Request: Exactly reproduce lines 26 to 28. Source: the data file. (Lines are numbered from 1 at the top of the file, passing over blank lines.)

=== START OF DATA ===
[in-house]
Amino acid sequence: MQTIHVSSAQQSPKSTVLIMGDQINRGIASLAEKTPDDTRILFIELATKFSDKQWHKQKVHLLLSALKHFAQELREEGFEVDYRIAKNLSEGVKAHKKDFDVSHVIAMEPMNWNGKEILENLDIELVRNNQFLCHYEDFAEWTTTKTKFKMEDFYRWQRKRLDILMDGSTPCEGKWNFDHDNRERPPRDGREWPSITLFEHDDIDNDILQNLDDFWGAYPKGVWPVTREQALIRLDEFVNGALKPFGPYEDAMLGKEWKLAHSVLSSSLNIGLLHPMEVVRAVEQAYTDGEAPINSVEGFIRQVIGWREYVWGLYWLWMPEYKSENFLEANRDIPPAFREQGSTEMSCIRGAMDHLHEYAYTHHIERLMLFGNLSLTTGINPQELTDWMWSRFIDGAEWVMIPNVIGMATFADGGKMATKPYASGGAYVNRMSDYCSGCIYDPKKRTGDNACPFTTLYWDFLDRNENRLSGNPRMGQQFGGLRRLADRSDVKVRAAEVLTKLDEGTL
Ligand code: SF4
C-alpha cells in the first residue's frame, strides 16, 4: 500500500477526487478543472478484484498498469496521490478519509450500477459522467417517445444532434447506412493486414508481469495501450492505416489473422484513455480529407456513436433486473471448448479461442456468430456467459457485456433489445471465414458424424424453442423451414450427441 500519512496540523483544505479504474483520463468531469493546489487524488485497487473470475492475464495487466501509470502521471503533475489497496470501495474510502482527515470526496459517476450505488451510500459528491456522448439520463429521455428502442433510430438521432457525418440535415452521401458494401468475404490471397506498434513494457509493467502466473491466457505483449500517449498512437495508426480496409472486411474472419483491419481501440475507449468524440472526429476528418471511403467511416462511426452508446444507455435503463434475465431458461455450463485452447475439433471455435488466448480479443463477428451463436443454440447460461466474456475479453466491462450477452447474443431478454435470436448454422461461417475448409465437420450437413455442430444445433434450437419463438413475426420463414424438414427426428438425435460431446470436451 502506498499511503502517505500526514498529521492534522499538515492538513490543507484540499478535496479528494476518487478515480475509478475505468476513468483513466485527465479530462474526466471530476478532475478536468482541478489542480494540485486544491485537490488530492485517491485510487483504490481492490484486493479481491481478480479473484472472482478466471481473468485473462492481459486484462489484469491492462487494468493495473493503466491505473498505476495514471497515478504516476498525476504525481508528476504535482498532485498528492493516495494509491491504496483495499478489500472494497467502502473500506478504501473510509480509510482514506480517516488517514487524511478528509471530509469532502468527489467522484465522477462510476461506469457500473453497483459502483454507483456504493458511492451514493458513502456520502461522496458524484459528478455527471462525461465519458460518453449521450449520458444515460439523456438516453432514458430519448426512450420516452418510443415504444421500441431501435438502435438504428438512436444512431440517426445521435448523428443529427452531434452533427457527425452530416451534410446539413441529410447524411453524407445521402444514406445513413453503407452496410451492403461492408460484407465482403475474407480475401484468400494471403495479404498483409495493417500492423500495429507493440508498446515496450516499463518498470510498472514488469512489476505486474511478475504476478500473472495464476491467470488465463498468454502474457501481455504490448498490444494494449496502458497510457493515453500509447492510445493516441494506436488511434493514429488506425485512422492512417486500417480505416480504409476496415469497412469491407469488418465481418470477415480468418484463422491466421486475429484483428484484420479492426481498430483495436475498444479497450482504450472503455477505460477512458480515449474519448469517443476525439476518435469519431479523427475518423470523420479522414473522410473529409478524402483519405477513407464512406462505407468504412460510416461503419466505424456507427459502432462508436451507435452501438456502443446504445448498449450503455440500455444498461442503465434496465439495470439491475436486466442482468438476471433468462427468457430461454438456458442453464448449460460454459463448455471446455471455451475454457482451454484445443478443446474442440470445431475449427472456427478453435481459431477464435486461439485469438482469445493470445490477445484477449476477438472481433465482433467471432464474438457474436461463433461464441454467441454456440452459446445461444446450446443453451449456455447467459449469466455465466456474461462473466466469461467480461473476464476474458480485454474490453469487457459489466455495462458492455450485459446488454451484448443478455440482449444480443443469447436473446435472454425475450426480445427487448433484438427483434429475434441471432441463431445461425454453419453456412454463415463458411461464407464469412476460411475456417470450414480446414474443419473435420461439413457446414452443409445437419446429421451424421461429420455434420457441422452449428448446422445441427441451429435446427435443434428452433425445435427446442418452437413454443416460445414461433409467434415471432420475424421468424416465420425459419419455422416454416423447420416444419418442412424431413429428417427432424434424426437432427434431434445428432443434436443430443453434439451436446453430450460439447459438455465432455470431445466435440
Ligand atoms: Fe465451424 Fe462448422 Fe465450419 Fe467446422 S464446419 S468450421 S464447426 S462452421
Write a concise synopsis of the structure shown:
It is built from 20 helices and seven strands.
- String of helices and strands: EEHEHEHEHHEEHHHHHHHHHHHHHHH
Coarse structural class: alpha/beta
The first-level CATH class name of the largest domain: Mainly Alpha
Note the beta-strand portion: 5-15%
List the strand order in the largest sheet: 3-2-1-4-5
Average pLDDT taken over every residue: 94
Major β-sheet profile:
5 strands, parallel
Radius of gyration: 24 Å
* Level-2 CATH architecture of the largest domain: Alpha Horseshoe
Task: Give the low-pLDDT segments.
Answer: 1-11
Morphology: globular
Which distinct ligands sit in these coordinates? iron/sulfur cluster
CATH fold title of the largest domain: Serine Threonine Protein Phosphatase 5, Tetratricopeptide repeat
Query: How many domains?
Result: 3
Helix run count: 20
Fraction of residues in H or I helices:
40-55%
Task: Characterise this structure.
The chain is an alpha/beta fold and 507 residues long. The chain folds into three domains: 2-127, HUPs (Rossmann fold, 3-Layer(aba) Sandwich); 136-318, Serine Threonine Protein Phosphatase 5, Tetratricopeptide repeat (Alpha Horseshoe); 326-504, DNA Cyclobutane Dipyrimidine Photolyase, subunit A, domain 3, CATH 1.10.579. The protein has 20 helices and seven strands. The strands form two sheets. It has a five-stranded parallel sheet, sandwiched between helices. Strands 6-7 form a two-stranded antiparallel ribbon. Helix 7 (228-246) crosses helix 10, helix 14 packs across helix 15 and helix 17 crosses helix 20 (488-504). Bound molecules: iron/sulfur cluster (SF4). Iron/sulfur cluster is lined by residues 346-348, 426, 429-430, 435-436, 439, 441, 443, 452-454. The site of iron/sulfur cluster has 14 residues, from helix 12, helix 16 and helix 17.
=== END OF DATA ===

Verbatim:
Fraction of residues in H or I helices:
40-55%
Task: Characterise this structure.